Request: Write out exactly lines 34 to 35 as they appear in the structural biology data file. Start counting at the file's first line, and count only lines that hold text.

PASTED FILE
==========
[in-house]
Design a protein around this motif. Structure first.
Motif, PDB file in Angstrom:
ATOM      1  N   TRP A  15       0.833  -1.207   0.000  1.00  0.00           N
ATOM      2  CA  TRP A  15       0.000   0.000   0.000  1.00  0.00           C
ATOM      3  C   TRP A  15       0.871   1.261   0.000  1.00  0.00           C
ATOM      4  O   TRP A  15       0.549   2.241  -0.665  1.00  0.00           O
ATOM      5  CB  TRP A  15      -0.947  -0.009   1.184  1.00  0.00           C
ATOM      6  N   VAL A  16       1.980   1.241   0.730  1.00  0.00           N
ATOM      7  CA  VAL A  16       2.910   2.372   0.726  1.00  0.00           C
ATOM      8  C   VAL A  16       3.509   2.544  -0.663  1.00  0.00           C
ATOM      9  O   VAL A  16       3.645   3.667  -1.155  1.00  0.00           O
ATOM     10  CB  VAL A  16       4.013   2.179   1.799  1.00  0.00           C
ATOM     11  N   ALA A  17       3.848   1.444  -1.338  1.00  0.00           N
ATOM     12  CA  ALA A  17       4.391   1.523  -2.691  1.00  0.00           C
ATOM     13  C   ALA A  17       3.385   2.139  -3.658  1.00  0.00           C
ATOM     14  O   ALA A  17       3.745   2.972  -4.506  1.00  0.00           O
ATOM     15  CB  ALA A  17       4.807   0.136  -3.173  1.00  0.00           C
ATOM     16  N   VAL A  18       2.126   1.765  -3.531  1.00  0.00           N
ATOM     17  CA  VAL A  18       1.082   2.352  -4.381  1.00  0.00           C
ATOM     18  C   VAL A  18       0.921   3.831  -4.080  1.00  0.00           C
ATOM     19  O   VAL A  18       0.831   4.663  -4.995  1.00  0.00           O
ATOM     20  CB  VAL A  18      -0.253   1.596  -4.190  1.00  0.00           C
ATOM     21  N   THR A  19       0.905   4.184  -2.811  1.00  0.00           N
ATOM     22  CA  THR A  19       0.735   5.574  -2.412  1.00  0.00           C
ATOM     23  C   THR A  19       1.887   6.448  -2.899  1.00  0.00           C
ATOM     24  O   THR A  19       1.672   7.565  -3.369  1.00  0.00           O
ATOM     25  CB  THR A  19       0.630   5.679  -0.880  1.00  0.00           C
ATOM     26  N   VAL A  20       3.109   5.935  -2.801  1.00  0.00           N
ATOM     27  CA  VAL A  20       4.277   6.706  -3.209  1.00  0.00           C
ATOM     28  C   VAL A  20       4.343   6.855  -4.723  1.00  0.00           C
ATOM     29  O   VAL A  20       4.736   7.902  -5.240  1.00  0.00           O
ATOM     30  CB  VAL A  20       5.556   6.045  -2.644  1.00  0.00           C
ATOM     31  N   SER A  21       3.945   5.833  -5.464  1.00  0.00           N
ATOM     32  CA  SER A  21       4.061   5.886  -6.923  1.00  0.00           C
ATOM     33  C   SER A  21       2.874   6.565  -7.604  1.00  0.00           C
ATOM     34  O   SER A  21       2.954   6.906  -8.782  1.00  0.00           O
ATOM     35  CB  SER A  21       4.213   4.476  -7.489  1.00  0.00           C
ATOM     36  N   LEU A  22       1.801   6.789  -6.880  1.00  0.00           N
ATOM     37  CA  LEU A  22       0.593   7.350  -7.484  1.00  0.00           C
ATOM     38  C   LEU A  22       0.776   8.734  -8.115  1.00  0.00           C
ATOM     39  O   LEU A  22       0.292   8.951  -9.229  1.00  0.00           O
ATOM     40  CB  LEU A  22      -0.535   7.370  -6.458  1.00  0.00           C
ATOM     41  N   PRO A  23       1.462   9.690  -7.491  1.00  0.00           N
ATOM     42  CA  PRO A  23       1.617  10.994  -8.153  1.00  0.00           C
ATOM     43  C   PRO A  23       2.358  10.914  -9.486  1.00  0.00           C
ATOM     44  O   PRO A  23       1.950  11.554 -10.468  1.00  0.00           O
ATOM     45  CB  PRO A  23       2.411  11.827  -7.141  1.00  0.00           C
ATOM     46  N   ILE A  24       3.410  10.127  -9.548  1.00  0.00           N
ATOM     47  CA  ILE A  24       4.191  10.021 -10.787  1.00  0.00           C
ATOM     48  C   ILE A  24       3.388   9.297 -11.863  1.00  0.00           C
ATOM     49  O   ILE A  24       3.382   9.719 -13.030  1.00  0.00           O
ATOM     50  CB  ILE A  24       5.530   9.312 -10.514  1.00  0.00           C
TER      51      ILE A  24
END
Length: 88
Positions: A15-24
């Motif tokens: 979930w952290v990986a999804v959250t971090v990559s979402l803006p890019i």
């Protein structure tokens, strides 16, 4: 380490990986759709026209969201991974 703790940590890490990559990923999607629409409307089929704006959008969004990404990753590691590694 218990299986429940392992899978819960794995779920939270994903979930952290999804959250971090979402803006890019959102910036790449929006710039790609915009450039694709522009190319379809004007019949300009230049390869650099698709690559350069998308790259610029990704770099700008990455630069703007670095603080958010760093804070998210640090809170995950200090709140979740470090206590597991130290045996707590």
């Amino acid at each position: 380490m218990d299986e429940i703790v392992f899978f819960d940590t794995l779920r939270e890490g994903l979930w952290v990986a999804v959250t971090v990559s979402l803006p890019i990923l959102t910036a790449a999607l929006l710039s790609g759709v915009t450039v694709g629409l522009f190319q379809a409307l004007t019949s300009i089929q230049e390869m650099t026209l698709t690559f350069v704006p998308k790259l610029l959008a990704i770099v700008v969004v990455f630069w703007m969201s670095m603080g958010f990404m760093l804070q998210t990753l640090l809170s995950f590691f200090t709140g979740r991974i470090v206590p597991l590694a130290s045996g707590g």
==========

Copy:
ATOM     31  N   SER A  21       3.945   5.833  -5.464  1.00  0.00           N
ATOM     32  CA  SER A  21       4.061   5.886  -6.923  1.00  0.00           C